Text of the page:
“And so, maybe it is that Biden is the most electable candidate, but it could also be that if the Democrats roll the dice and nominated Bernie Sanders, Elizabeth Warren, maybe they would bring something special to the table that Biden didn't have.”
On how much race, gender and sexual orientation play into people’s perceived notions of electability
“Again, this is something that you hear anecdotally from voters that, because Clinton didn't beat Trump in 2016, there is this assumption that the Democrats need to nominate a straight white male to be the presidential nominee. And I guess I personally don't really see that.
“I mean, Clinton did win the popular vote, despite again being kind of a flawed candidate running in kind of a challenging electoral environment, in that she was effectively running for Barack Obama's third term. Obama's approval was OK. The economy was OK. But it wasn't necessarily a situation where you wanted to be kind of the incumbent party presidential candidate as opposed to the challenger. I think Trump did benefit from just being the sort of the change agent in that election.
“Some of this is that the Democratic electorate just wants to be kind of ‘small-c’ conservative in who they choose, but maybe that's really not the right approach. I mean, say what you want about Trump, but it may have been that Trump was the right person to win. Obviously, he did, and maybe he was the only one who could have won.”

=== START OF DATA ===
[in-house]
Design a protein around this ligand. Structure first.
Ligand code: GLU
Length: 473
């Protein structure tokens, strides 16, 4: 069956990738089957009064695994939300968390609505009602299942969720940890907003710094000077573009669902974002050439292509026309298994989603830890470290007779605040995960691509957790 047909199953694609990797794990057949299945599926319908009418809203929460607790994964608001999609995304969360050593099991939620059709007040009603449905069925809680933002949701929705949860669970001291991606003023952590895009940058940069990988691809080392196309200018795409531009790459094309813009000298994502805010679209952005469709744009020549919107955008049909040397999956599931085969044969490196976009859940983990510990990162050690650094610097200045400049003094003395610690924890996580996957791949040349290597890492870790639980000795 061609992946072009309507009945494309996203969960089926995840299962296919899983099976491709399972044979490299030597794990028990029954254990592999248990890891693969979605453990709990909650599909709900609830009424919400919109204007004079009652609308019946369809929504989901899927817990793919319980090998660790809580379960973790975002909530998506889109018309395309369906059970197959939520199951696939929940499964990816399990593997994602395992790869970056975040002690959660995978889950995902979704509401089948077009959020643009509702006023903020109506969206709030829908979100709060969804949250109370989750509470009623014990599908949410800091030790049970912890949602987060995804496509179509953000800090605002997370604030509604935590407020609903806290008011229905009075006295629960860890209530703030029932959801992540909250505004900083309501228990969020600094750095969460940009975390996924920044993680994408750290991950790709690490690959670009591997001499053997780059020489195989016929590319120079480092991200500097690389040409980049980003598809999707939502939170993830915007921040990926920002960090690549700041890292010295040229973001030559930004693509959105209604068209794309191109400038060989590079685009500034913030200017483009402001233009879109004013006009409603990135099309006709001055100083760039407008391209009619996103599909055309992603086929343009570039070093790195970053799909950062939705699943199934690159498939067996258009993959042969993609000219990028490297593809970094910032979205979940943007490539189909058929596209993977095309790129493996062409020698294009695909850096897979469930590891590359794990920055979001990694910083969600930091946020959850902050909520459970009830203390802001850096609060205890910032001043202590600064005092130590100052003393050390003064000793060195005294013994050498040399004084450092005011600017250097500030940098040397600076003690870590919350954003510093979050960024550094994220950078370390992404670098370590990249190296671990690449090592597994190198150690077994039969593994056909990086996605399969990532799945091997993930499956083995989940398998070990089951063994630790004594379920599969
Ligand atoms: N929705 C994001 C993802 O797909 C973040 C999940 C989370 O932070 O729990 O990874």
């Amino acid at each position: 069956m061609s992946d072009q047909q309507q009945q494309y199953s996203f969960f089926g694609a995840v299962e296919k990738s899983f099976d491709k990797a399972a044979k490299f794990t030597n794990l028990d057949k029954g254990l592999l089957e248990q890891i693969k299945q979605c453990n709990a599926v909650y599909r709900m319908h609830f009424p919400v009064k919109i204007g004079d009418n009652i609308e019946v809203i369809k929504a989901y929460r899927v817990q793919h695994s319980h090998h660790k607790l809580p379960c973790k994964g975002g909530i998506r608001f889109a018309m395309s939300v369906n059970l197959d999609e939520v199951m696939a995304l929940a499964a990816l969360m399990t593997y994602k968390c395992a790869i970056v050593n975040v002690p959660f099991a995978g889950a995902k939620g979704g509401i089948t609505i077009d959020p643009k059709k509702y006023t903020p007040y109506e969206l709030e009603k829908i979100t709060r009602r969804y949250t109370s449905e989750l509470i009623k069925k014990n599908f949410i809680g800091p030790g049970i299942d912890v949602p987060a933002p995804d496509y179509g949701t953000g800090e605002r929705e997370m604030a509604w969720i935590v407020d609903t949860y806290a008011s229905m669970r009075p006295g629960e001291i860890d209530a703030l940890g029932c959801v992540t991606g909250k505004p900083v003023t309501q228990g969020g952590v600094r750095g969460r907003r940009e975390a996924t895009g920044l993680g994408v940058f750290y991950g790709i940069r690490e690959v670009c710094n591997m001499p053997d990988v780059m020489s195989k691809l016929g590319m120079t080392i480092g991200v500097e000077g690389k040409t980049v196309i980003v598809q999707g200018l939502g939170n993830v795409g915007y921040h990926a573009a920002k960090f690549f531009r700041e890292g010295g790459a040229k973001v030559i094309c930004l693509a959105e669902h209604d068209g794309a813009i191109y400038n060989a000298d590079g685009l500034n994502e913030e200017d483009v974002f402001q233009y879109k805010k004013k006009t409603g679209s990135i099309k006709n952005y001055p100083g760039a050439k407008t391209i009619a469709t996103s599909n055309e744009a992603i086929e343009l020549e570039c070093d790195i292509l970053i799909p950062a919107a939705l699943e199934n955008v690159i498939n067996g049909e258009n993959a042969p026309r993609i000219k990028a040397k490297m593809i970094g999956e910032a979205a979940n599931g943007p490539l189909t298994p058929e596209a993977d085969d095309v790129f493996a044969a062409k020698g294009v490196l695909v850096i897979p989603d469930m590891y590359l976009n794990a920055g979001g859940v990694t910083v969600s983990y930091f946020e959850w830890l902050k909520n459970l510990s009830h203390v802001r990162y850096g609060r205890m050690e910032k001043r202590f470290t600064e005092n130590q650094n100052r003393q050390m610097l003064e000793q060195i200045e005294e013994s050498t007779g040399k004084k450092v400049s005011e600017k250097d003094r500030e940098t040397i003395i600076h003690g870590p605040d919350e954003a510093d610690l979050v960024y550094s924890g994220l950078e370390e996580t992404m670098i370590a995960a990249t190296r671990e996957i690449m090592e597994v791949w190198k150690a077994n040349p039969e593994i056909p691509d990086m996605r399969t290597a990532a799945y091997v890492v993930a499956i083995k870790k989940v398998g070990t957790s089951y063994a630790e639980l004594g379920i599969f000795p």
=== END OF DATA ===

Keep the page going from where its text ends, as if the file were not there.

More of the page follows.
On whether he thinks voters are missing out on more substantive conversations when focusing on electability
“Well, I do think there's some truth to that, although I think also voters care about the horse race too, and they're interested in the horse race. And even though I kind of wish that specific policies were kind of more of the discussion, I think voters also inherently care about who's up and who's down and ultimately who can win. They may not necessarily make the right judgments about that, and certainly, I don't think that the analysts always make the right judgments about who is electable and who is not.”
This segment aired on September 5, 2019.